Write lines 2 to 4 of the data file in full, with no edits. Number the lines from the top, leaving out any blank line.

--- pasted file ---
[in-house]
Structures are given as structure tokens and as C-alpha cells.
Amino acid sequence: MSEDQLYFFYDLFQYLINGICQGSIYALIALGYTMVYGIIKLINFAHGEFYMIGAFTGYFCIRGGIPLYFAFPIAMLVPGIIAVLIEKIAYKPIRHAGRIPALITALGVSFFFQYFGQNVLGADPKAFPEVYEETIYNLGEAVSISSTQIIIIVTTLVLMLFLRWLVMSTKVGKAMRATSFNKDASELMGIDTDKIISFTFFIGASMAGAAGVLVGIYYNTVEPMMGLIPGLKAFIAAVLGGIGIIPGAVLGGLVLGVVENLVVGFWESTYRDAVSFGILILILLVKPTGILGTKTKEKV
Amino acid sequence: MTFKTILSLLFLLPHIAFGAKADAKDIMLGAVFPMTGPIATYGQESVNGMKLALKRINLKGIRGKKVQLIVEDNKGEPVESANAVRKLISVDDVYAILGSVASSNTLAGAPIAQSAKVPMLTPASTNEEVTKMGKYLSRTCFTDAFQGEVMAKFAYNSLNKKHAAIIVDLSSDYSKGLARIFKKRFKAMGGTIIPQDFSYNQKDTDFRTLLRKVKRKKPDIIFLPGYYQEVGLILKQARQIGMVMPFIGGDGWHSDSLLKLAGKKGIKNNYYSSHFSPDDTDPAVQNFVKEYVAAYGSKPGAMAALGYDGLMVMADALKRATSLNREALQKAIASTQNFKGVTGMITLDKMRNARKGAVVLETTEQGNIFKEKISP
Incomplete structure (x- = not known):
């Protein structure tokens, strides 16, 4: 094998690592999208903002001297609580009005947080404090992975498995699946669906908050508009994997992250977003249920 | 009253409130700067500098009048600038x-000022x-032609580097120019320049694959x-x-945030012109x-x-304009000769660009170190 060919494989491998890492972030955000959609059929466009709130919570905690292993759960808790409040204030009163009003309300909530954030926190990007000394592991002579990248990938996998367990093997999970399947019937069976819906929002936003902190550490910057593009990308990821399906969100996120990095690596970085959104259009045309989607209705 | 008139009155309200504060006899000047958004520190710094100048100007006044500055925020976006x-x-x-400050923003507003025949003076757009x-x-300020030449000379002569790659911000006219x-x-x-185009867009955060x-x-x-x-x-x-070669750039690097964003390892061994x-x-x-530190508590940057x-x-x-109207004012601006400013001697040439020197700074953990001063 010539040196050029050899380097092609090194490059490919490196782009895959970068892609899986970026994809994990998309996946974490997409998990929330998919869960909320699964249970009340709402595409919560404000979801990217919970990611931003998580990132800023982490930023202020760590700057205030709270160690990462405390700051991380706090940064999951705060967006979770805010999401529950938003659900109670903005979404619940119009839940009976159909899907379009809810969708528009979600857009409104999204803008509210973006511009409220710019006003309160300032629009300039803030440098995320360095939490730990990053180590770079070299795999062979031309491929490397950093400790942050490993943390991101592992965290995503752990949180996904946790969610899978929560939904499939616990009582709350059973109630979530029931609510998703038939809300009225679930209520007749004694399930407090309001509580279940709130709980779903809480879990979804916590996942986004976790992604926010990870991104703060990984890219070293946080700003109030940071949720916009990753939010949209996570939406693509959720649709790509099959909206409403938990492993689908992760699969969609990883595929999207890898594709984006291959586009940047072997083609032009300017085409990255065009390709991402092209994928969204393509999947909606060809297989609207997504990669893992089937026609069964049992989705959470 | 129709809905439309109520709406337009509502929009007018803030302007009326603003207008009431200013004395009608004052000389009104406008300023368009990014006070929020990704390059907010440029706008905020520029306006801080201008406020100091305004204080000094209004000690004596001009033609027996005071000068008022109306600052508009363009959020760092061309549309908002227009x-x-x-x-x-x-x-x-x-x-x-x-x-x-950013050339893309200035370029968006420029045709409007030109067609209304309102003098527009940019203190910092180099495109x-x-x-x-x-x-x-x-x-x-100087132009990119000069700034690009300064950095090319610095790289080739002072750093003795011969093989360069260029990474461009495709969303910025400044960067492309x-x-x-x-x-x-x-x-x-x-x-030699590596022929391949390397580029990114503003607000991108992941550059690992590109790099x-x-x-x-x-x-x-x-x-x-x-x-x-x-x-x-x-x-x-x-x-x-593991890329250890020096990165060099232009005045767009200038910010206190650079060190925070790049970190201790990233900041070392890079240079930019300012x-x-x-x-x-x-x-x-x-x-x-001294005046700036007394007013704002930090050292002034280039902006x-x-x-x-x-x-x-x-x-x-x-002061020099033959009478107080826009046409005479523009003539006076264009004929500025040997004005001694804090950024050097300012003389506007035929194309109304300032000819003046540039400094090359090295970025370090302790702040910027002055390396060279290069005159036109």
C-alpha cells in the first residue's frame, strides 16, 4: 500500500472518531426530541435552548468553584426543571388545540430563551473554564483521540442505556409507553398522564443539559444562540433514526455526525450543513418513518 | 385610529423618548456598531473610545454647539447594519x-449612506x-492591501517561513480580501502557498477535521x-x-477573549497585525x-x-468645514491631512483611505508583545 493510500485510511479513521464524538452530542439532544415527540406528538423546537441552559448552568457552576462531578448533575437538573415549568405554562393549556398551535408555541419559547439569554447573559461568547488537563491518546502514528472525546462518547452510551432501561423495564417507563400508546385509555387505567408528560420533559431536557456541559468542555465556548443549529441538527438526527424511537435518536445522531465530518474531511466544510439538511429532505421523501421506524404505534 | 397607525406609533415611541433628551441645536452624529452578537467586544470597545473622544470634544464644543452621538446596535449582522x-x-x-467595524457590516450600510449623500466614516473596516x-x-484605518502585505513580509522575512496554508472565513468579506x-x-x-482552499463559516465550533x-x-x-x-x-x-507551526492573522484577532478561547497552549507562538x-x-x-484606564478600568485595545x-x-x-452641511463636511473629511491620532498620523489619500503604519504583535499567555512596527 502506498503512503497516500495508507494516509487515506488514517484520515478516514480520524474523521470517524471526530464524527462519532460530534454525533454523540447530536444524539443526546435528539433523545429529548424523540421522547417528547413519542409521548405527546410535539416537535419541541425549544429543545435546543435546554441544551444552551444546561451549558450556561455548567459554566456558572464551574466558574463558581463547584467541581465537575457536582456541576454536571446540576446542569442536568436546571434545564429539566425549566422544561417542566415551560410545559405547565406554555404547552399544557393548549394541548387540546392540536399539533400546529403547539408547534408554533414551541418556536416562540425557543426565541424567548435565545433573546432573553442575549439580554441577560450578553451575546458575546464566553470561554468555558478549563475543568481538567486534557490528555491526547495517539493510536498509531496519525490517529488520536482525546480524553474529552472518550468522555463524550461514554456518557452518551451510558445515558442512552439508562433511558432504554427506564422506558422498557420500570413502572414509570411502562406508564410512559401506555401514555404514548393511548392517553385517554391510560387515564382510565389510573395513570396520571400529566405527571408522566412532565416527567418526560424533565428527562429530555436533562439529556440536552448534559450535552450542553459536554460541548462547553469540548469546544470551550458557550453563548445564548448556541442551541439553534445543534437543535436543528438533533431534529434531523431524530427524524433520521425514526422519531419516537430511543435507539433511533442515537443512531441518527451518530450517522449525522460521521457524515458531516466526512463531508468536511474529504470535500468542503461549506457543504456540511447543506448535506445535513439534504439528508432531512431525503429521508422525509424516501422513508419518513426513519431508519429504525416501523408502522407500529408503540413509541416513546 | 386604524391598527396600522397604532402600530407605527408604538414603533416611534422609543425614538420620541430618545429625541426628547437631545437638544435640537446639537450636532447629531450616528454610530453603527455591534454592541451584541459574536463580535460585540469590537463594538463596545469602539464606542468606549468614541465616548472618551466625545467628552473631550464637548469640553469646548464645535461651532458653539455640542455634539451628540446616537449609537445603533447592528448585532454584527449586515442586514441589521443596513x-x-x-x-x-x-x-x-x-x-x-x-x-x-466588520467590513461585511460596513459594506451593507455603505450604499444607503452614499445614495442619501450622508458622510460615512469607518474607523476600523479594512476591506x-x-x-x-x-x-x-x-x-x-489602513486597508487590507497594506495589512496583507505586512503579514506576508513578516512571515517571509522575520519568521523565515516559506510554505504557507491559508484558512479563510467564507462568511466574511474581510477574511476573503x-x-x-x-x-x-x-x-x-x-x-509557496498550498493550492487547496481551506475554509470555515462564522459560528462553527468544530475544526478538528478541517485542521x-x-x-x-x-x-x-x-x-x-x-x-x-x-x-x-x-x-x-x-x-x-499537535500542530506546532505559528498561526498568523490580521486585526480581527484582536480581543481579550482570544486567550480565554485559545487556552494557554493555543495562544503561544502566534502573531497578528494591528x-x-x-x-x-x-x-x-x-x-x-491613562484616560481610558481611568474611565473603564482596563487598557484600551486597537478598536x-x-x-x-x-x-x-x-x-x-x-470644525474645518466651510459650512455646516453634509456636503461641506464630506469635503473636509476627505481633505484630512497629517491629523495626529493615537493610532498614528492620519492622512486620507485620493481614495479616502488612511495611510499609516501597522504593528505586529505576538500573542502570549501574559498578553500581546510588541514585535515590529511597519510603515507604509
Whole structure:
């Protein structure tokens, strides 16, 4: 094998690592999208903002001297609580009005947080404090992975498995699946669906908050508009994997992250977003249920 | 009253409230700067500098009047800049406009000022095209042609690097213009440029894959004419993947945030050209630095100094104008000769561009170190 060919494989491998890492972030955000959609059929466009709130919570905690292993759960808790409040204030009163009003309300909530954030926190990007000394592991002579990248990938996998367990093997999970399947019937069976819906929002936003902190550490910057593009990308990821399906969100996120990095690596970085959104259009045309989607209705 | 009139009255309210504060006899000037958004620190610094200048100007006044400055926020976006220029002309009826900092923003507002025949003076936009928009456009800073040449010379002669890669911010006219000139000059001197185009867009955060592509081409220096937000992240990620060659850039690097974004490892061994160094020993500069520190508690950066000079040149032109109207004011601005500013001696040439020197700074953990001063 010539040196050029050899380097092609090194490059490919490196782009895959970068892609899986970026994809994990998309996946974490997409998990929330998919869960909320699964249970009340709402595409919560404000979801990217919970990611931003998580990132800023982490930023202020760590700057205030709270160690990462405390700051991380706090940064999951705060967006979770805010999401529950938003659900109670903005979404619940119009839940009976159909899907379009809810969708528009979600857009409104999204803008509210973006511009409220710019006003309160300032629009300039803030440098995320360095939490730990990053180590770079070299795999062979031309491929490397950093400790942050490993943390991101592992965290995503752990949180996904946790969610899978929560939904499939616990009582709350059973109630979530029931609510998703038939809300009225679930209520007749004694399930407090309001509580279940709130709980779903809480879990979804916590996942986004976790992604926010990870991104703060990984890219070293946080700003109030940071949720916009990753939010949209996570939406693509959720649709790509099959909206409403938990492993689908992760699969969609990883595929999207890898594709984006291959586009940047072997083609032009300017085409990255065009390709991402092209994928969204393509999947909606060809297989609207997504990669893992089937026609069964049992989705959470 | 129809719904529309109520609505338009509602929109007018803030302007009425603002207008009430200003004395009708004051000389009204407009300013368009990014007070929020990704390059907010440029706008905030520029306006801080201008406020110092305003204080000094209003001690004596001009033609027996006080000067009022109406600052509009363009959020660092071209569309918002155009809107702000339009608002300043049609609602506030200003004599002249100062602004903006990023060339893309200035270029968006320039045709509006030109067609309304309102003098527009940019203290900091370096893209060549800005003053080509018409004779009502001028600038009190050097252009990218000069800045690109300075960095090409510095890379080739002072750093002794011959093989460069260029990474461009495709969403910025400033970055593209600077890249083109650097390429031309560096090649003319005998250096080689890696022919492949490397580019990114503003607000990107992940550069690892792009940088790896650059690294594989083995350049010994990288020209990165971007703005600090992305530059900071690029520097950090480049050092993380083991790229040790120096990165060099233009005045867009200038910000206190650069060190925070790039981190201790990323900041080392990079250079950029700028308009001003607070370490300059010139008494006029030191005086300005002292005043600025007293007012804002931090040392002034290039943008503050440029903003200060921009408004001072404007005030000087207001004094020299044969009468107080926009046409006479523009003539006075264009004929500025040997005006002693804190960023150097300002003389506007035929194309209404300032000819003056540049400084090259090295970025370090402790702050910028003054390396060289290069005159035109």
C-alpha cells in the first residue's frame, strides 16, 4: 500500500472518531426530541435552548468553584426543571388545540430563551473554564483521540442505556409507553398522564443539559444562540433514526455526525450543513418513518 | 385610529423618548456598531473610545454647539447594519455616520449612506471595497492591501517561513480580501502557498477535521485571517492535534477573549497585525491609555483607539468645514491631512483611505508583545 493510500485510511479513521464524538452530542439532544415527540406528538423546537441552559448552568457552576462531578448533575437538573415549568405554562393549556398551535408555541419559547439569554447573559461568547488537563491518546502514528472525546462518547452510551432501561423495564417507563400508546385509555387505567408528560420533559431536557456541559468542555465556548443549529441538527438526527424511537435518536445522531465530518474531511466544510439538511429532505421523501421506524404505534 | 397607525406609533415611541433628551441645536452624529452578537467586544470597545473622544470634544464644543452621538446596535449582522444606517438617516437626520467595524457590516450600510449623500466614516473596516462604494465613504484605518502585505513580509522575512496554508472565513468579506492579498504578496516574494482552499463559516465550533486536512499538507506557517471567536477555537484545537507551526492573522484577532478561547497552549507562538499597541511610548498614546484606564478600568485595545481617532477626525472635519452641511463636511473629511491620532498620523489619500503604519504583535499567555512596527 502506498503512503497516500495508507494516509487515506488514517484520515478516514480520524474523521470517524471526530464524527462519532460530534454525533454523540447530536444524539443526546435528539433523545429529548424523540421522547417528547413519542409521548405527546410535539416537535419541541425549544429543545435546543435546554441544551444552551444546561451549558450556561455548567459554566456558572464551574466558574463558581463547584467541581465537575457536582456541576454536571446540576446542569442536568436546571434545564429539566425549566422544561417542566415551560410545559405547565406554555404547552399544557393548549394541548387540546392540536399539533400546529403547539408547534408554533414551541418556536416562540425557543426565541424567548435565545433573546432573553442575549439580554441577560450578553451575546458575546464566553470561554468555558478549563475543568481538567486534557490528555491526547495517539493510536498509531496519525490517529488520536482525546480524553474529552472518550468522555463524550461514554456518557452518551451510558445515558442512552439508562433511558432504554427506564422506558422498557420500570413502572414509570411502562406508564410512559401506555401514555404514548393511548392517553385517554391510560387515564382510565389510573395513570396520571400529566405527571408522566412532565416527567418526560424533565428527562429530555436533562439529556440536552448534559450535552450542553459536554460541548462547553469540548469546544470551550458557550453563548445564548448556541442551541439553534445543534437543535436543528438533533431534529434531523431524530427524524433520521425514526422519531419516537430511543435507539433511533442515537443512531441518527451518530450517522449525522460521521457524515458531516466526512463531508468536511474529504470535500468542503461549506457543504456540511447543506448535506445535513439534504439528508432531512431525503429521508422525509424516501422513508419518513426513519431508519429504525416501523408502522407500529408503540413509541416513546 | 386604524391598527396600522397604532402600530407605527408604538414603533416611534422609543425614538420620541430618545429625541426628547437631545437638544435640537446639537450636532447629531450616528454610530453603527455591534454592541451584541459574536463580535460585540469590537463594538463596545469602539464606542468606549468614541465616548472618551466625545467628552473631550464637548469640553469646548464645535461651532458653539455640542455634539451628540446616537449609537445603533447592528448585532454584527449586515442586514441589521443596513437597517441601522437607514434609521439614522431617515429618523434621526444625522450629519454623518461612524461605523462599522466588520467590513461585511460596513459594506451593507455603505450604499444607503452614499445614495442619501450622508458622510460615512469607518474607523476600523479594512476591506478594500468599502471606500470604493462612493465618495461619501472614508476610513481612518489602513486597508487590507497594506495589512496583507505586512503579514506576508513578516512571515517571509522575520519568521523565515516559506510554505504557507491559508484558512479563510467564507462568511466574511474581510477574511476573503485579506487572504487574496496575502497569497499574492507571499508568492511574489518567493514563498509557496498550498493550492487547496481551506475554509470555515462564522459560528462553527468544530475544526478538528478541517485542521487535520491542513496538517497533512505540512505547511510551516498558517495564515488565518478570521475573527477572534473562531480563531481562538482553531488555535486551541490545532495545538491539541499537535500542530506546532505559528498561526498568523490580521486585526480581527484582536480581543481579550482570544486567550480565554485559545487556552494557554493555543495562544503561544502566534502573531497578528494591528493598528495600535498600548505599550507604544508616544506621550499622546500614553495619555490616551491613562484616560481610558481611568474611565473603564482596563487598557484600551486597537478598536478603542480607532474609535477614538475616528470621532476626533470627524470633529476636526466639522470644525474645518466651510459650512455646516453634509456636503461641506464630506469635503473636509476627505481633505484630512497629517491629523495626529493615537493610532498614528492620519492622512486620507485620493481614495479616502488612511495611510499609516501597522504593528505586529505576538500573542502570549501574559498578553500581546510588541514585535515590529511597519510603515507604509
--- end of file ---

Structures are given as structure tokens and as C-alpha cells.
Amino acid sequence: MSEDQLYFFYDLFQYLINGICQGSIYALIALGYTMVYGIIKLINFAHGEFYMIGAFTGYFCIRGGIPLYFAFPIAMLVPGIIAVLIEKIAYKPIRHAGRIPALITALGVSFFFQYFGQNVLGADPKAFPEVYEETIYNLGEAVSISSTQIIIIVTTLVLMLFLRWLVMSTKVGKAMRATSFNKDASELMGIDTDKIISFTFFIGASMAGAAGVLVGIYYNTVEPMMGLIPGLKAFIAAVLGGIGIIPGAVLGGLVLGVVENLVVGFWESTYRDAVSFGILILILLVKPTGILGTKTKEKV
Amino acid sequence: MTFKTILSLLFLLPHIAFGAKADAKDIMLGAVFPMTGPIATYGQESVNGMKLALKRINLKGIRGKKVQLIVEDNKGEPVESANAVRKLISVDDVYAILGSVASSNTLAGAPIAQSAKVPMLTPASTNEEVTKMGKYLSRTCFTDAFQGEVMAKFAYNSLNKKHAAIIVDLSSDYSKGLARIFKKRFKAMGGTIIPQDFSYNQKDTDFRTLLRKVKRKKPDIIFLPGYYQEVGLILKQARQIGMVMPFIGGDGWHSDSLLKLAGKKGIKNNYYSSHFSPDDTDPAVQNFVKEYVAAYGSKPGAMAALGYDGLMVMADALKRATSLNREALQKAIASTQNFKGVTGMITLDKMRNARKGAVVLETTEQGNIFKEKISP